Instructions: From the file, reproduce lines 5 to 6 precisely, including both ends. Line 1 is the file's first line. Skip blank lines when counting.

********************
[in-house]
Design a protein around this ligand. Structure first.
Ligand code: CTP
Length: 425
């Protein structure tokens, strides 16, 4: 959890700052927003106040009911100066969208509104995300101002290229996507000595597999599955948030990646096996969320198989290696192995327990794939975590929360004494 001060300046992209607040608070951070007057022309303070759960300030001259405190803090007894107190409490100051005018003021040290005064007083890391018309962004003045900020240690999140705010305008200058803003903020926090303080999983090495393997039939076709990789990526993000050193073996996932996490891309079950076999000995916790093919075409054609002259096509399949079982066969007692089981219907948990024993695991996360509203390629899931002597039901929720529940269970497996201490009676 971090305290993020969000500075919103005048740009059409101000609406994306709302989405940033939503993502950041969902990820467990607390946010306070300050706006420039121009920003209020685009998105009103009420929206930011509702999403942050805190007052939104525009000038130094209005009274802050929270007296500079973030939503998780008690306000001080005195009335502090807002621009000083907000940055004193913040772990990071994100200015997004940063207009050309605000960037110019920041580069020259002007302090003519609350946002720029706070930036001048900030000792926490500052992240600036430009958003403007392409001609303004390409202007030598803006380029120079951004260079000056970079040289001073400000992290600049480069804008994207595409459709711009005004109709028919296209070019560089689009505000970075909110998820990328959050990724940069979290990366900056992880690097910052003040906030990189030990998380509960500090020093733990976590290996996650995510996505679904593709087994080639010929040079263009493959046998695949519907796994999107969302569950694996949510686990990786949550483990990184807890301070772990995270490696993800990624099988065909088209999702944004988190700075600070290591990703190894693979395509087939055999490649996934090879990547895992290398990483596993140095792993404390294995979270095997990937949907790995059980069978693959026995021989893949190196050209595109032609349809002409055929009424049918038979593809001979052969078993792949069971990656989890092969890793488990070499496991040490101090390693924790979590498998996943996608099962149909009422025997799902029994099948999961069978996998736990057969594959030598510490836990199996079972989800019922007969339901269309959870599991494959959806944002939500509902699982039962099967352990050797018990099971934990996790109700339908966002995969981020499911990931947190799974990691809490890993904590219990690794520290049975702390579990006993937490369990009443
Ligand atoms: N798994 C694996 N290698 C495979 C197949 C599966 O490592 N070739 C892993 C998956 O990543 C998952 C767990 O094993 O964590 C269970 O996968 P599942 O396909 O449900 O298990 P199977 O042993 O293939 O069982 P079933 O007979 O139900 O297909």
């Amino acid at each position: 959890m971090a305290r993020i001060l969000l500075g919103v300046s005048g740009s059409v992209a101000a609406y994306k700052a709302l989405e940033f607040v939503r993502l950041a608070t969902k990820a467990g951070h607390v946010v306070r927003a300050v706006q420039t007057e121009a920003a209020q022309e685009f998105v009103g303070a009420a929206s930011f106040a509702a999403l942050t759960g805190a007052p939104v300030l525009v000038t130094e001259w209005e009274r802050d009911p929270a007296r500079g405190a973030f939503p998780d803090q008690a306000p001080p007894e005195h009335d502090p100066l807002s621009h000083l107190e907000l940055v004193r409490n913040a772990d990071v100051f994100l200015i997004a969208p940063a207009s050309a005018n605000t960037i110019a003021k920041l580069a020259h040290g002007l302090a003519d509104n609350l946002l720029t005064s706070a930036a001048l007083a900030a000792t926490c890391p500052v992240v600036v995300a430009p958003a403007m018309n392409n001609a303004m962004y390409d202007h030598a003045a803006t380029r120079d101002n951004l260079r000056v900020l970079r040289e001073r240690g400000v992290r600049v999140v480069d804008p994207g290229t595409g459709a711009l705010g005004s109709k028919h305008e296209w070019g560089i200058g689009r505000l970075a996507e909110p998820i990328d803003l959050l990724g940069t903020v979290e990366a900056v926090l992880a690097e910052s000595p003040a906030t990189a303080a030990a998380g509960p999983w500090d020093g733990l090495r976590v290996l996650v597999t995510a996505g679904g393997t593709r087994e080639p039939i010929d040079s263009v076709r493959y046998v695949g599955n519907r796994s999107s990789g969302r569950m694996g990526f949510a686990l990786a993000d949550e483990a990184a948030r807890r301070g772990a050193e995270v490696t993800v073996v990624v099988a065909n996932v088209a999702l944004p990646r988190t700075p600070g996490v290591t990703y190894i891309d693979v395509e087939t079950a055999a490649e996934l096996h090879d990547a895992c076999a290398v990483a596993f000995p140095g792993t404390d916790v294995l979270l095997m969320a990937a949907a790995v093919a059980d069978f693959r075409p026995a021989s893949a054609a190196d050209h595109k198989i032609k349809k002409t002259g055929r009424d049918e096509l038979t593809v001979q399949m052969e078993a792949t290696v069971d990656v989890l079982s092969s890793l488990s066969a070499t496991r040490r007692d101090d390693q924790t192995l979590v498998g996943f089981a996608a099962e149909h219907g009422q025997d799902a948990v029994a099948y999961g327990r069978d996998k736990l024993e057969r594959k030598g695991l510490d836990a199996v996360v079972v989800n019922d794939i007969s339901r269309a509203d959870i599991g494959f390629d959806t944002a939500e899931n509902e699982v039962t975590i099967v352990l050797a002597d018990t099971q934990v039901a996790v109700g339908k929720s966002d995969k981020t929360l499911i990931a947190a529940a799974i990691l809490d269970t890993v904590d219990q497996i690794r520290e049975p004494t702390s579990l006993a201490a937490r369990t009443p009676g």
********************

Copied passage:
């Protein structure tokens, strides 16, 4: 959890700052927003106040009911100066969208509104995300101002290229996507000595597999599955948030990646096996969320198989290696192995327990794939975590929360004494 001060300046992209607040608070951070007057022309303070759960300030001259405190803090007894107190409490100051005018003021040290005064007083890391018309962004003045900020240690999140705010305008200058803003903020926090303080999983090495393997039939076709990789990526993000050193073996996932996490891309079950076999000995916790093919075409054609002259096509399949079982066969007692089981219907948990024993695991996360509203390629899931002597039901929720529940269970497996201490009676 971090305290993020969000500075919103005048740009059409101000609406994306709302989405940033939503993502950041969902990820467990607390946010306070300050706006420039121009920003209020685009998105009103009420929206930011509702999403942050805190007052939104525009000038130094209005009274802050929270007296500079973030939503998780008690306000001080005195009335502090807002621009000083907000940055004193913040772990990071994100200015997004940063207009050309605000960037110019920041580069020259002007302090003519609350946002720029706070930036001048900030000792926490500052992240600036430009958003403007392409001609303004390409202007030598803006380029120079951004260079000056970079040289001073400000992290600049480069804008994207595409459709711009005004109709028919296209070019560089689009505000970075909110998820990328959050990724940069979290990366900056992880690097910052003040906030990189030990998380509960500090020093733990976590290996996650995510996505679904593709087994080639010929040079263009493959046998695949519907796994999107969302569950694996949510686990990786949550483990990184807890301070772990995270490696993800990624099988065909088209999702944004988190700075600070290591990703190894693979395509087939055999490649996934090879990547895992290398990483596993140095792993404390294995979270095997990937949907790995059980069978693959026995021989893949190196050209595109032609349809002409055929009424049918038979593809001979052969078993792949069971990656989890092969890793488990070499496991040490101090390693924790979590498998996943996608099962149909009422025997799902029994099948999961069978996998736990057969594959030598510490836990199996079972989800019922007969339901269309959870599991494959959806944002939500509902699982039962099967352990050797018990099971934990996790109700339908966002995969981020499911990931947190799974990691809490890993904590219990690794520290049975702390579990006993937490369990009443
Ligand atoms: N798994 C694996 N290698 C495979 C197949 C599966 O490592 N070739 C892993 C998956 O990543 C998952 C767990 O094993 O964590 C269970 O996968 P599942 O396909 O449900 O298990 P199977 O042993 O293939 O069982 P079933 O007979 O139900 O297909």